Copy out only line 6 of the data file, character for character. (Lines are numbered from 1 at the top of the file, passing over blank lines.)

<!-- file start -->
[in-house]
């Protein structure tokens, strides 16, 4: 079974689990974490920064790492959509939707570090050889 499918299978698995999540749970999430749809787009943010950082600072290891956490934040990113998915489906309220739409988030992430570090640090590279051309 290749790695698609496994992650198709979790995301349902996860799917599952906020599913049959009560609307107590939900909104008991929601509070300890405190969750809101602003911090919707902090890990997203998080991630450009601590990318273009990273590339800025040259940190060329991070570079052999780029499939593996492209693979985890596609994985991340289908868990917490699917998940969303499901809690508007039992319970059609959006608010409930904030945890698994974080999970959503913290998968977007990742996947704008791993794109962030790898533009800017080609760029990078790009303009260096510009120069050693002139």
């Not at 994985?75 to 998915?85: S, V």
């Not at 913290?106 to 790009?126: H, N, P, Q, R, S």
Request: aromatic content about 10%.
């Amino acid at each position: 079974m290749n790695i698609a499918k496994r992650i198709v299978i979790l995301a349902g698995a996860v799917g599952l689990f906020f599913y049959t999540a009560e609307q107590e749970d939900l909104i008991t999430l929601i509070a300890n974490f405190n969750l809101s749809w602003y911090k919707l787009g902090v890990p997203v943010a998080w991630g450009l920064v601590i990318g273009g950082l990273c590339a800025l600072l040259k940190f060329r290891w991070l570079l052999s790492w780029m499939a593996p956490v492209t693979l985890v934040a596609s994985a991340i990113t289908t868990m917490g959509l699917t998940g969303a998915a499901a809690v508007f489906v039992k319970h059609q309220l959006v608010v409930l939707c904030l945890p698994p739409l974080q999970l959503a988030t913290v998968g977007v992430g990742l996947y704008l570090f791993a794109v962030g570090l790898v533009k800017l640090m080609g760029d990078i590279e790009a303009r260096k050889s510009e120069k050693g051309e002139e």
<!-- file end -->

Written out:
């Amino acid at each position: 079974m290749n790695i698609a499918k496994r992650i198709v299978i979790l995301a349902g698995a996860v799917g599952l689990f906020f599913y049959t999540a009560e609307q107590e749970d939900l909104i008991t999430l929601i509070a300890n974490f405190n969750l809101s749809w602003y911090k919707l787009g902090v890990p997203v943010a998080w991630g450009l920064v601590i990318g273009g950082l990273c590339a800025l600072l040259k940190f060329r290891w991070l570079l052999s790492w780029m499939a593996p956490v492209t693979l985890v934040a596609s994985a991340i990113t289908t868990m917490g959509l699917t998940g969303a998915a499901a809690v508007f489906v039992k319970h059609q309220l959006v608010v409930l939707c904030l945890p698994p739409l974080q999970l959503a988030t913290v998968g977007v992430g990742l996947y704008l570090f791993a794109v962030g570090l790898v533009k800017l640090m080609g760029d990078i590279e790009a303009r260096k050889s510009e120069k050693g051309e002139e």